The Society for Stating The Bleedin’ Obvious has been at it again. The headlines this morning mark the death of former Prime Minister Ted Heath, but also anounce the conclusion of a Royal Institute of International Affairs and Economic and Social Research Council report, concluding that participating in the Iraq war may have increased the likelyhood of a terrorist attack on Great Britain.
You don’t say! So what conclusion is to be drawn from this report? That we would have been better off not acting for fear of offending the Taleban and Saddam? The usual Mrs Angry of Lowestoft will have a field day with this report, stating that it vindicated the the anti-war position of a vocal minority. Jack Straw has at least put it in context, reminding Mrs Angry that “the terrorists have struck across the world, in countries allied with the United States, backing the war in Iraq and in countries which had nothing whatever to do with the war in Iraq.”
Yes, our participation in the wars in Afghanistan and Iraq undoubtedly did increase the likelihood of terrorist attacks on British soil, but the attacks on the World Trade Center on 11th September 2001 were not done in response to any clear action on the part of the United States. To say that we should have done nothing shows downright historical ignorance and is tantamount to saying that we should just roll over to terrorists’ demands.
You know what? I’ve just realised something. We could have avoided that whole nasty World War 2 thing if we just hadn’t taken up arms against Hitler. I reckon that whole declaring war on Germany upset a lot of Nazis. Naughty Mr Chamberlain!
It’s London! The IOC has chosen London as the venue for the 2012 Olympic Games, pipping the favourite Paris to the post by a mere 4 votes. On the one hand, I’m delighted that London won, because clearly the effort that has been put in by Sebastian Coe and the candidature team has been outstanding. I’m also delighted that Chirac’s day has been ruined, given his recent tirade against all things British. On the other hand, this is yet another case of London gets it all while the regions lose out. London got the Millennium Dome (on reflection, they’re welcome to it), the national football stadium, and now the Olympics. A city like Birmingham, with its superb communication routes, could have been a candidate. All too often the second city loses out to London.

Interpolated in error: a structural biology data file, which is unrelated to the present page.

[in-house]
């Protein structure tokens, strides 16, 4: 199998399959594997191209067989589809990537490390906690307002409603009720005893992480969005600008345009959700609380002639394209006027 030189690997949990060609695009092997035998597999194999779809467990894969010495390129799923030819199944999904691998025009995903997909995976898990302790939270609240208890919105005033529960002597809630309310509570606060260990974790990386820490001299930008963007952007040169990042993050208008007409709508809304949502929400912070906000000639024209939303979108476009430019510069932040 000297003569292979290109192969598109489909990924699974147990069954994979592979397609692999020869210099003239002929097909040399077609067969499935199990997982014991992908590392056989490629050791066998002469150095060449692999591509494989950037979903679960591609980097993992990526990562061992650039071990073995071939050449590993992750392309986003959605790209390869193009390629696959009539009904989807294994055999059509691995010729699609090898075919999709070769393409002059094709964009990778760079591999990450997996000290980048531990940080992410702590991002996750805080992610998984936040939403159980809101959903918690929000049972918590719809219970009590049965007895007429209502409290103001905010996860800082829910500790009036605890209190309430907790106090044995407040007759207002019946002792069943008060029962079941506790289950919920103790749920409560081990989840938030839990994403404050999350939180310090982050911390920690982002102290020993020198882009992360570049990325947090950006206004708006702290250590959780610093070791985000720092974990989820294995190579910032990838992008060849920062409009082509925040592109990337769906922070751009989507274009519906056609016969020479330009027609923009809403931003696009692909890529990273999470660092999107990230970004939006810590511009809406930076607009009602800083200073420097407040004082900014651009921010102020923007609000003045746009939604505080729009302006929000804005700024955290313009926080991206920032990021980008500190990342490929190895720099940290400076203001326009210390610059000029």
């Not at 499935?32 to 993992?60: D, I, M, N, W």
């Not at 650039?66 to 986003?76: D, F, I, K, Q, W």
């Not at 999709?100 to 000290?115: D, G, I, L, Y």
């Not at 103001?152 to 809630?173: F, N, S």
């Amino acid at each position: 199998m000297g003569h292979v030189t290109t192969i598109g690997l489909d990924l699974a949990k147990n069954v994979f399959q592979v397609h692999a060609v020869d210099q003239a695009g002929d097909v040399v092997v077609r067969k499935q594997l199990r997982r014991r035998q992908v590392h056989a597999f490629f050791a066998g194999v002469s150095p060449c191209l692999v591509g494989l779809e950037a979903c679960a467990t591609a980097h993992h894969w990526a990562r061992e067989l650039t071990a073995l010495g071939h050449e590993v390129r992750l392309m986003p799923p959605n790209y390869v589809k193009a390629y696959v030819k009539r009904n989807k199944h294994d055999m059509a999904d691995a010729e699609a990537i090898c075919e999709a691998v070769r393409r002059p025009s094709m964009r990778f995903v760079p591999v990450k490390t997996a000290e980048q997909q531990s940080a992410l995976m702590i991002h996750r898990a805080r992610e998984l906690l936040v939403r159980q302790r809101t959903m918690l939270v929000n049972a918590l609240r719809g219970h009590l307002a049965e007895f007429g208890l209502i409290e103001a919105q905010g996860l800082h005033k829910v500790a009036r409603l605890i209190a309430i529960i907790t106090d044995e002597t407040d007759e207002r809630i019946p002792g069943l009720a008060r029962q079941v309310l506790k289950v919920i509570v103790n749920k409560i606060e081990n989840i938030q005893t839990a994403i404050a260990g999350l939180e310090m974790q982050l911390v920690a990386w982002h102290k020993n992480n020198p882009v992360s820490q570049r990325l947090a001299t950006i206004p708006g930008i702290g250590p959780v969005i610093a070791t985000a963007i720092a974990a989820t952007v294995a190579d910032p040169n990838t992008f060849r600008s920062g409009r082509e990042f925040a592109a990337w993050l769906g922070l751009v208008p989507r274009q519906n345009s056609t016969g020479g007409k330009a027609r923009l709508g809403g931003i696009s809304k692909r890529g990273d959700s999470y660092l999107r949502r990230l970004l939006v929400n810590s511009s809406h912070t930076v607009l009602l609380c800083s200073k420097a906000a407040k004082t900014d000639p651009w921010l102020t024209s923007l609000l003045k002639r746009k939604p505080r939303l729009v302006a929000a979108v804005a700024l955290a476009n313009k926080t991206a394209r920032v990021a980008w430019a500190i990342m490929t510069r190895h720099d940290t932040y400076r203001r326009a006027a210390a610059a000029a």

In Scotland, the G8 summit is underway, and, surprise, surprise, the anarchists are out again breaking anything they can. When Bob Geldof called for a march on Gleneagles the other week, I thought the guy had lost it – previous G8 summits have witnessed anarchists and sheer bloody-minded criminals out on a smash-fest; to invite thousands of people along seemed like lunacy, even if his intentions were extremely well-founded. Still, I suppose he means well. At least the Live 8 concerts last week seem to have raised the game a little (and the album sales of the participants).
I read this morning that the BBC received 400 complaints about swearing during the Live 8 broadcast at the weekend. Apparently, to put this in context, they receive 500 complaints if Eastenders starts five minutes late, so I suppose that makes it okay. Maybe I’m a prudish 34 year old, but I don’t like to hear swearing before the 21:00 watershed. After that, anything goes as far as I am concerned; I may not like it, but I accept it. I moderate my language according to my audience; if I am with friends, I will occasionally use colourful language: I will not at home in front of my children. Maybe that makes me a hypocrite, but I think that the ability to modify your behaviour according to your audience is just common courtesy.
I understand the argument of smashing the taboo of swearing, and if we, as a society are prepared to accept that, I’ll go along with it. When I know, with confidence, that my daughters can go into any public building and swear without anyone batting an eyelid, I’ll accept it. As it is, my 7 year old and 3 year old heard the F*** word four times during a concert I wanted them to see. If they now go on to repeat that word quite innocently in school or nursery, I expect they would be reprimanded – hardly fair on them. We still live in a society where they will be shunned for such behaviour and will no longer be considered as innocent little kids.
I look forward then to the ‘anything goes’ approach on the BBC in the near future and hearing the phrase ‘w*nky b*ll@ck c*nt f*ck’ on Saturday morning televison. Until then, can we have the 4 second delay back on all live broadcasts. Thanks.